Drama Television and Teenage Identities

This post was written by a student in Susan Schuyler’s Narrative, Rhetoric, and Identity class at Stanford University.  Each student in this class will complete a research-based argument related to the course topic.

In my research project I will be discussing how drama television shows affect teenagers and contribute to the shaping of their own personal identity/how they act.  I will observe the social affects, the psychological effects, the mental effects, and the emotional effects that these shows have on teenagers and young adults in today’s society.  Whether in my research I find these effects to be positive, negative, or both, my thesis will most likely support the argument that drama television shows are not the best influence on my target group.  I will focus on a few specific shows that are popular in today’s culture in order to form the most appropriate and conclusive argument.  Examples would be Gossip Girl, 90210, One Tree Hill, House, etc.

I may even choose to implement a survey into my project, asking my fellow students about drama television.  Some possible questions could be: What is your favorite drama television show?  State one reason why?  Can you relate to the characters?  If so, how?  By asking these questions I can gain insight into the relationship between my peers and drama television.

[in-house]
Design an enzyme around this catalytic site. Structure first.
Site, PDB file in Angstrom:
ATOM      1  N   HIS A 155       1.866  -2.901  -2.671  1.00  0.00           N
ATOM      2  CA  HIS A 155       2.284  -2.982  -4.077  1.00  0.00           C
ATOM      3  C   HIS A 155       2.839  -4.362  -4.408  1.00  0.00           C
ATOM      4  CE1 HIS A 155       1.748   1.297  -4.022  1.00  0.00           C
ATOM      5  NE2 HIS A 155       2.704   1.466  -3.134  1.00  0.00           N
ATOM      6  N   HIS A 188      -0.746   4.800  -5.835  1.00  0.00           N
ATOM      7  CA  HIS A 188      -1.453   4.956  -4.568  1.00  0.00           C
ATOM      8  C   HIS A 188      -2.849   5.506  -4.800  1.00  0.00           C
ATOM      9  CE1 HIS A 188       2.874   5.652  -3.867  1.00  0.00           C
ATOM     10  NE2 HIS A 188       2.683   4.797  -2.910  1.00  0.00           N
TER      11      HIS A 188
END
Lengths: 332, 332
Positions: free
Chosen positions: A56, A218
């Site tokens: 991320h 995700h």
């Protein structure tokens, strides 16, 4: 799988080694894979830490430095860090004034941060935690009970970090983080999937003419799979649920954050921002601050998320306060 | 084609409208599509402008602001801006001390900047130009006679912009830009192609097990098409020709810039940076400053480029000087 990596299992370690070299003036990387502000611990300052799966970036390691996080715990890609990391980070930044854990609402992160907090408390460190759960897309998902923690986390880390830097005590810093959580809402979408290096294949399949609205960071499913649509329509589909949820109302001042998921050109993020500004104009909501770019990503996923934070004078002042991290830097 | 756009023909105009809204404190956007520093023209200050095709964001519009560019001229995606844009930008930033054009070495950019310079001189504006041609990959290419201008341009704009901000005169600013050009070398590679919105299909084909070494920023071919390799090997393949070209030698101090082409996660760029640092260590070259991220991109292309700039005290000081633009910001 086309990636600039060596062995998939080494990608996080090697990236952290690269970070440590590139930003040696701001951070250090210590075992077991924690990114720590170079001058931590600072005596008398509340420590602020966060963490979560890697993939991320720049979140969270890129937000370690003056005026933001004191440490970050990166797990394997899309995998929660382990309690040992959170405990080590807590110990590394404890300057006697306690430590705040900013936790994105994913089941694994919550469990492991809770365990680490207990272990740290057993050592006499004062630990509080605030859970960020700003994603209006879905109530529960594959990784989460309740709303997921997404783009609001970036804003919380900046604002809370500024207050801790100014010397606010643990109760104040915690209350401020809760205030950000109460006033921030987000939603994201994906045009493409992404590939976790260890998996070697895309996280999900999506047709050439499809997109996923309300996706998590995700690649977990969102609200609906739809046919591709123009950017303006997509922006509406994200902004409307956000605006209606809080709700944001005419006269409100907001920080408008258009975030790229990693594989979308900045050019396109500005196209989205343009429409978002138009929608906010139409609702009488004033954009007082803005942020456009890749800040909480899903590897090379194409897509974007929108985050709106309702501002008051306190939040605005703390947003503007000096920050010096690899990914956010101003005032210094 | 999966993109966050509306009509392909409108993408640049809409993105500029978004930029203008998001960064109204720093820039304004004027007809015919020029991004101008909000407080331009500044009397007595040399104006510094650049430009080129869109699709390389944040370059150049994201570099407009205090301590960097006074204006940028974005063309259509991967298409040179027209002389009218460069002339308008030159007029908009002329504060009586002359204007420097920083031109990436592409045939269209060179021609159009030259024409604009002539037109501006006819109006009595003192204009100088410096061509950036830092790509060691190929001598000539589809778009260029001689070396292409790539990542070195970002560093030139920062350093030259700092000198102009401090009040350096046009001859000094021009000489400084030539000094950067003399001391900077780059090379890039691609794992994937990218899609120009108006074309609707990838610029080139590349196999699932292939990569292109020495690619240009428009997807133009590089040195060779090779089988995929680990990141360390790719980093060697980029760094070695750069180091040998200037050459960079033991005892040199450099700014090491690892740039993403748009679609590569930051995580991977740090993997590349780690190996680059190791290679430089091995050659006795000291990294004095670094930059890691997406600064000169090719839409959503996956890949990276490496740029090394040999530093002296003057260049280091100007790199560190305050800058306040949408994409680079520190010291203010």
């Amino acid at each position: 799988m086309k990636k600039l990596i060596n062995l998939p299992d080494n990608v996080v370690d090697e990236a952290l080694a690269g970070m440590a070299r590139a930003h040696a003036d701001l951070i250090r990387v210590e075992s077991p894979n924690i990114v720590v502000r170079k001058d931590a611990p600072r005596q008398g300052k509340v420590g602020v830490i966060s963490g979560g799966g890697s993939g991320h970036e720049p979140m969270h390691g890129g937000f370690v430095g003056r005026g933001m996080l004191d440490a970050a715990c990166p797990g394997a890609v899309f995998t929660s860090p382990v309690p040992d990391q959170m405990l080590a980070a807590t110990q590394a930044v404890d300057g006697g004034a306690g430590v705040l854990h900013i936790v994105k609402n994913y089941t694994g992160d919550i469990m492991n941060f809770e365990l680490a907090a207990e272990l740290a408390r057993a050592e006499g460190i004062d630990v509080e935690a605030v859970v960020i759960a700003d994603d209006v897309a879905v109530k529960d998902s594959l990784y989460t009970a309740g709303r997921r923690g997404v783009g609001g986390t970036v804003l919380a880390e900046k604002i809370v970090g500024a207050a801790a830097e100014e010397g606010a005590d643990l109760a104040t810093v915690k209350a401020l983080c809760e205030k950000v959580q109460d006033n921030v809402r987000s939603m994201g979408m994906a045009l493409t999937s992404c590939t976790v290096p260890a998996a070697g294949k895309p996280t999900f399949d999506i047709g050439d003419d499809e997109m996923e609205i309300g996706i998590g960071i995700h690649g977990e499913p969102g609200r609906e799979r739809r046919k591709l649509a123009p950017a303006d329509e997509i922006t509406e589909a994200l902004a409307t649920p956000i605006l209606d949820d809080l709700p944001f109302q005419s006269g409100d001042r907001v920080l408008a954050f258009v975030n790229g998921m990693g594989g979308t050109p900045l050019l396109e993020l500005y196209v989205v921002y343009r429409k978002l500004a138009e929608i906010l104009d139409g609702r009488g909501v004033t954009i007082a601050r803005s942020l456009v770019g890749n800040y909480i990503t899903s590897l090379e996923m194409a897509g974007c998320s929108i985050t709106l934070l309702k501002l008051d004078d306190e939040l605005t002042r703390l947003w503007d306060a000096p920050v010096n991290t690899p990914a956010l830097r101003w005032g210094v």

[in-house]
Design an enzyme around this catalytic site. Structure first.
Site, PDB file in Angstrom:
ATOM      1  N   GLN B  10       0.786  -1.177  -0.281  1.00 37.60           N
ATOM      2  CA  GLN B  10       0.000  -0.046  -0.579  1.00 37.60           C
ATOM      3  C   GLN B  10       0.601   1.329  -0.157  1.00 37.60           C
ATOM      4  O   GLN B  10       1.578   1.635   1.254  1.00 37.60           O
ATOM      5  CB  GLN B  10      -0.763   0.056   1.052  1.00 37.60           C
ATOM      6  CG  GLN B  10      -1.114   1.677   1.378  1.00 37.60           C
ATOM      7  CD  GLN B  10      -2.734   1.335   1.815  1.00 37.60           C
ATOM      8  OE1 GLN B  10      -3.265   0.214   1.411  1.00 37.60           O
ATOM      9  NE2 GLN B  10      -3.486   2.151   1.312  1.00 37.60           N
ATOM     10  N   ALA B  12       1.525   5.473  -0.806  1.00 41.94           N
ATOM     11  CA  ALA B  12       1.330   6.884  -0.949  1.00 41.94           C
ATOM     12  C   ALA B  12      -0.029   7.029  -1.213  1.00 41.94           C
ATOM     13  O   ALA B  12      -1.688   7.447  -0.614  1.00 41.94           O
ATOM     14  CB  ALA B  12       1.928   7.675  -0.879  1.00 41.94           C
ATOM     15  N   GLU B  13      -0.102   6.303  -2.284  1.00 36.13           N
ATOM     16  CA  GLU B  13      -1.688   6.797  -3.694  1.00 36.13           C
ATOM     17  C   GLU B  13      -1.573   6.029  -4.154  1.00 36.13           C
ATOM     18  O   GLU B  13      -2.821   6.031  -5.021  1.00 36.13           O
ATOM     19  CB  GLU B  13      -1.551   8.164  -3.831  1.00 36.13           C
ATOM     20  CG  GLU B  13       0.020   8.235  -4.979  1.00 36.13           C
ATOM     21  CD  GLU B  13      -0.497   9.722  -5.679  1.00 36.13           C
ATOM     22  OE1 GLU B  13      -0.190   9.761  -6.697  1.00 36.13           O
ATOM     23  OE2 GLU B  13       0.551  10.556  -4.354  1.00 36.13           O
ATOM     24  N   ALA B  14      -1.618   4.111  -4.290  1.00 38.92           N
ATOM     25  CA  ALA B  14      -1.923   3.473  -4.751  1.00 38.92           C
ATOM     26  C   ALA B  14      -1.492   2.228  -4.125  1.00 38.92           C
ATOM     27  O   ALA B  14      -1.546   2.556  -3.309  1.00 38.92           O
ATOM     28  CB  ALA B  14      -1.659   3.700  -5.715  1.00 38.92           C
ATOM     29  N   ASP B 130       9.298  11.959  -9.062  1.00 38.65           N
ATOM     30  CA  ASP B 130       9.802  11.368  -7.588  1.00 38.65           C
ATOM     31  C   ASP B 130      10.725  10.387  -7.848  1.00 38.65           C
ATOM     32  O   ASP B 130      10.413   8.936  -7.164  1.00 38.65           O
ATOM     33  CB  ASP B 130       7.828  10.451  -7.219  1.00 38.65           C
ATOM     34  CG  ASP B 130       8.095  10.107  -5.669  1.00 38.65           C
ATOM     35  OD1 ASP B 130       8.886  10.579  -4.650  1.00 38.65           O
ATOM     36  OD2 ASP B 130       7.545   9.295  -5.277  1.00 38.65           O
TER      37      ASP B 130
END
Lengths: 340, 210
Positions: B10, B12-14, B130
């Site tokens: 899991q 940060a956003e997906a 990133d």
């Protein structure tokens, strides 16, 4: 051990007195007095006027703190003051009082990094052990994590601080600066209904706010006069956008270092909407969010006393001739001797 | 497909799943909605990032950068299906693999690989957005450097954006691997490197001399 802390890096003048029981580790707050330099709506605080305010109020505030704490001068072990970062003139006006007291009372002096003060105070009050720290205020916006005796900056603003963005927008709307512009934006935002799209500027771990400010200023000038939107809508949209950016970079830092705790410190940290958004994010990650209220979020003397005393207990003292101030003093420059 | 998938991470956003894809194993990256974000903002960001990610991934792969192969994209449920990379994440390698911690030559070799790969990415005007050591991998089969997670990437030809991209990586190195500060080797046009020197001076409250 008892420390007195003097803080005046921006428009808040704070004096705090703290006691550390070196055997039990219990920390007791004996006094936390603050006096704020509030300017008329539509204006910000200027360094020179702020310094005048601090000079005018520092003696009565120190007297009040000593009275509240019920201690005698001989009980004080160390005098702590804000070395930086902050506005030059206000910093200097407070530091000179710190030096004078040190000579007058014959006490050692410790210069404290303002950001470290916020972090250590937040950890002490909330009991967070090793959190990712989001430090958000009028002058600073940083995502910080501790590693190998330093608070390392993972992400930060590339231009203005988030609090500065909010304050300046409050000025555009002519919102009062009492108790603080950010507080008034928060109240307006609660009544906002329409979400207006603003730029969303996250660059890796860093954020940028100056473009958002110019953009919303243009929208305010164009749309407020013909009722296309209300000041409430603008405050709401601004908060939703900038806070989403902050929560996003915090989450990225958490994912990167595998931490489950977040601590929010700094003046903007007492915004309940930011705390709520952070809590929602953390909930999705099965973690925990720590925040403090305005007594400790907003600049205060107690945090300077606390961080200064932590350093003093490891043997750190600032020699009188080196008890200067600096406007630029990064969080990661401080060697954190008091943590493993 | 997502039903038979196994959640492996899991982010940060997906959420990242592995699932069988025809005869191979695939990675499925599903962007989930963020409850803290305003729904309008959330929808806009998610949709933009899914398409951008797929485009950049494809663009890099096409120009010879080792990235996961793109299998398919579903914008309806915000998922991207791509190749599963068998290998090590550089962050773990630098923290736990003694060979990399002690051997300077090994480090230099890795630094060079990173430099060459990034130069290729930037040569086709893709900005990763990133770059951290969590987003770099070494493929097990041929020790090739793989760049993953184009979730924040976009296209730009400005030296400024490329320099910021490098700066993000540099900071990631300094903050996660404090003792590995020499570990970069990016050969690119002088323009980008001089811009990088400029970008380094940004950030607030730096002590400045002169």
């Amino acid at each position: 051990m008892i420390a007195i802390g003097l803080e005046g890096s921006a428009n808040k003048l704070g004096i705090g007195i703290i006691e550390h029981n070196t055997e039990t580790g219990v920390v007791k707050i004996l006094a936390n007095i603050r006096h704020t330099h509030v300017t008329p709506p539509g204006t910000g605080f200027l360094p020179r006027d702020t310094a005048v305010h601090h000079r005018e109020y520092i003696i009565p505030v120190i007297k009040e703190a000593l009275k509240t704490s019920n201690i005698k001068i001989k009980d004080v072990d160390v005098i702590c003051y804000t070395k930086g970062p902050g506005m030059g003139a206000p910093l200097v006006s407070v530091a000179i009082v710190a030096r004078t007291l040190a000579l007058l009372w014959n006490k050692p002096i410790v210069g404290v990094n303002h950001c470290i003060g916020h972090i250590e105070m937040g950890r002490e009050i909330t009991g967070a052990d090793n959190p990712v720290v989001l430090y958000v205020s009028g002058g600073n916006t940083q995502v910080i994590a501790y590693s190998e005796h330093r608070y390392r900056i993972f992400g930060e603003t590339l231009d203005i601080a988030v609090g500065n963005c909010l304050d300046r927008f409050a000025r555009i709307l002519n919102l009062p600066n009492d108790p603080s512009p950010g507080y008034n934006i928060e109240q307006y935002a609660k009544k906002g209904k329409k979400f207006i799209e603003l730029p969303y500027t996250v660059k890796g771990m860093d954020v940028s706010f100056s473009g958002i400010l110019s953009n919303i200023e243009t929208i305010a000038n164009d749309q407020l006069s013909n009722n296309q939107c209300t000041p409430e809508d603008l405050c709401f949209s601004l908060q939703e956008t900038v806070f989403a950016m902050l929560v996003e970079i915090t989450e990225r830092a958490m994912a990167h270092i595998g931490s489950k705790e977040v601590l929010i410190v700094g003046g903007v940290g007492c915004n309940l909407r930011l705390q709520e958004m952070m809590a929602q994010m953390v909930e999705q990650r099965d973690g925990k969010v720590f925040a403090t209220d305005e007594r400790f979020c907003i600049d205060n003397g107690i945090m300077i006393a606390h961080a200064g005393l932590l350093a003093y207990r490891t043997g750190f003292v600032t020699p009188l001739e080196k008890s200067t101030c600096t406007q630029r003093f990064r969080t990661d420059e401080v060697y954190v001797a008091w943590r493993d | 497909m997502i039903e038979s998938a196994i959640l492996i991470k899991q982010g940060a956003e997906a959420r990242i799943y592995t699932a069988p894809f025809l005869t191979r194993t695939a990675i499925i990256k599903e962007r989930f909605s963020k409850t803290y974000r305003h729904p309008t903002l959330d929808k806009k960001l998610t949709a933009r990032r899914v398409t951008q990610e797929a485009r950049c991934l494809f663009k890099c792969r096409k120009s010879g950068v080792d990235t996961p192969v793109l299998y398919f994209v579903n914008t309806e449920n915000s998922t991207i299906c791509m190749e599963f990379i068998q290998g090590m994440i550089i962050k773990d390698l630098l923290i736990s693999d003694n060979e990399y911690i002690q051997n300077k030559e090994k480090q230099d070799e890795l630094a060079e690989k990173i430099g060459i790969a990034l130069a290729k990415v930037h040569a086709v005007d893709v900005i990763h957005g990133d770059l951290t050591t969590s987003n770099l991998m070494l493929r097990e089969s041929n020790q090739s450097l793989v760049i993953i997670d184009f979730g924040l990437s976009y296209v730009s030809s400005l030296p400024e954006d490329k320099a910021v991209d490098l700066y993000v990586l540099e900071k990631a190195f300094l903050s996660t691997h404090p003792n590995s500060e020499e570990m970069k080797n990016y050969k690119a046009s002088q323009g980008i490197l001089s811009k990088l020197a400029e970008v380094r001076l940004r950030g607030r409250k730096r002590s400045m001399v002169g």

Possible evidence to support my argument could be how the interactions and actions between TV characters are unrealistic, yet convincing enough to affect how teens form their own relationships with people.  Also, appearance and image will be significant factors.  I could argue that the images portrayed on these shows not only affect how teens dress but also how they affect how teens view others and form opinions about who a person is, based solely on appearance.  I know I will come across quite a few articles about these shows that are non-scholarly (i.e. People Magazine, personal blogs, etc.) but my focus might have to be on the general idea of how TV shows affect teenagers and their identities.

Amelia Herring, Stanford University

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This entry was posted in CCR exchange: Stanford-CCNY, Fall 2010: Humanities, Identity, and Social Justice. Bookmark the permalink.

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